Gabriella T. Espák, Assistant Professor, Institute of English and American Studies, University of Debrecen, has been teaching, researching, and publishing on topics in Australian, Canadian and US social history since 1998, with special interest in issues of multiculturalism, minority rights, and Indigeneity. She has published and edited articles, book chapters and journals in Hungary as well as internationally, in Timisoara, Brno, Torun, Barcelona, Perth, and New Delhi. She earned her Ph.D. in 2003, has served on the executive board of two scholarly societies (Hungarian Society for the Study of English, and European Association for the Study of Australia), and has been a member of American Studies and Canadian Studies associations. She guest-edited ReVisions of Australia: Histories, Images, Identities, a special double issue of HJEAS (2006.1-2). She published Seminal Years: Federal Multicultural Policies and the Politics of Indigeneity in Canada and Australia with Debrecen University Press in 2020, and her current book project addresses the themes of literature, nation, and republic in Australian studies.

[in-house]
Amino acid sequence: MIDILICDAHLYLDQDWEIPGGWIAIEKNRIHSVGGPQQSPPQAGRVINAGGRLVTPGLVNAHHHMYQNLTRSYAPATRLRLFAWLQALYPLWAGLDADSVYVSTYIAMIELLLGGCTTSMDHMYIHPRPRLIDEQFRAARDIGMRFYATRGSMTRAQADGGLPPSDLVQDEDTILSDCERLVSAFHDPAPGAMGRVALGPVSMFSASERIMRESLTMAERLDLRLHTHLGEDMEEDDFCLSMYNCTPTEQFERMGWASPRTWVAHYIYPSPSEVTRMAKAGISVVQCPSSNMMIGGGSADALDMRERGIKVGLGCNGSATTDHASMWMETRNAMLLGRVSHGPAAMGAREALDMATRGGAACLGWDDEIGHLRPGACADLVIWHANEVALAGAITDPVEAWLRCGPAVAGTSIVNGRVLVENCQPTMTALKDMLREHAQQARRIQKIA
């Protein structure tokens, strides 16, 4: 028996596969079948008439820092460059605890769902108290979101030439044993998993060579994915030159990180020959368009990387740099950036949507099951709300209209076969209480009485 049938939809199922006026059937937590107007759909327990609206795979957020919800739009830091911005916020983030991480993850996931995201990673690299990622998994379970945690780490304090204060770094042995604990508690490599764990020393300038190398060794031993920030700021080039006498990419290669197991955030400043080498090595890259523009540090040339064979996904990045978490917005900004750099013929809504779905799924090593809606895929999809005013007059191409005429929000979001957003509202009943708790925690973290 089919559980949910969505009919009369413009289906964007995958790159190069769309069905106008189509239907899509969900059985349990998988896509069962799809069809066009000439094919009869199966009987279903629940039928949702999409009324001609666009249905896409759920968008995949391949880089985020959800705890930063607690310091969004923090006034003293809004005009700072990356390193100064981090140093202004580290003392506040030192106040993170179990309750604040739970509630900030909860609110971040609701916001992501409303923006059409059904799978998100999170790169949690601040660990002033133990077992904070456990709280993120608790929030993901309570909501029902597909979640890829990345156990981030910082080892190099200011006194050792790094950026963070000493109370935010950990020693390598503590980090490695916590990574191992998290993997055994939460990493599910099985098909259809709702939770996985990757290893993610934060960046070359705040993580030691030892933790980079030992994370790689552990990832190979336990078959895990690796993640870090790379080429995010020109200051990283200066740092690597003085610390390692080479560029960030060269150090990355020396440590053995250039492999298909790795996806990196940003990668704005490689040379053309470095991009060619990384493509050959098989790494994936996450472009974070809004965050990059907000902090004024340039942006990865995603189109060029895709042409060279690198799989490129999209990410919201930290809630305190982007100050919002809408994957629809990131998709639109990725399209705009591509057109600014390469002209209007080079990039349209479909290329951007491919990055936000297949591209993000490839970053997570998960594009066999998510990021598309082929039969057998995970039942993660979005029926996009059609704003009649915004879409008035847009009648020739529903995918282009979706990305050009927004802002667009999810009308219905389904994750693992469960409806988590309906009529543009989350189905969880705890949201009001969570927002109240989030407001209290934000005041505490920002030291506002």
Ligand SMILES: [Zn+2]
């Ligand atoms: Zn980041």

Rather than any of her more mature writing, Miles Franklin’s debut romance, My Brilliant Career, has been cemented into the canon of Australian literary nationalism. The novel received ambivalent immediate responses upon its publication in 1901 for its unflattering representation of the author’s kin and society. Subsequent criticism soon accepted Franklin’s oeuvre as part of the dominant male discourse of late nineteenth-century Australia, but after the 1970s her writing came under new scrutiny from a feminist aspect. Recently, she has been placed in a long tradition of female writing and discussed for gendered ventures. Nonetheless, however dedicated a feminist Franklin later became, she did not yet search for women’s greater self-realization in her debut but for her own identity and place in the world as an adolescent. This article argues that although Franklin’s classic has become an icon of both nationalist and feminist literature, the dichotomy of these readings can best be appeased through the adolescent ramps of its protagonist. It is an adolescent novel, in which a growing voice argues with her superiors, peers, and self, thereby exploring her authorial, gendered, and national identity. (GTE)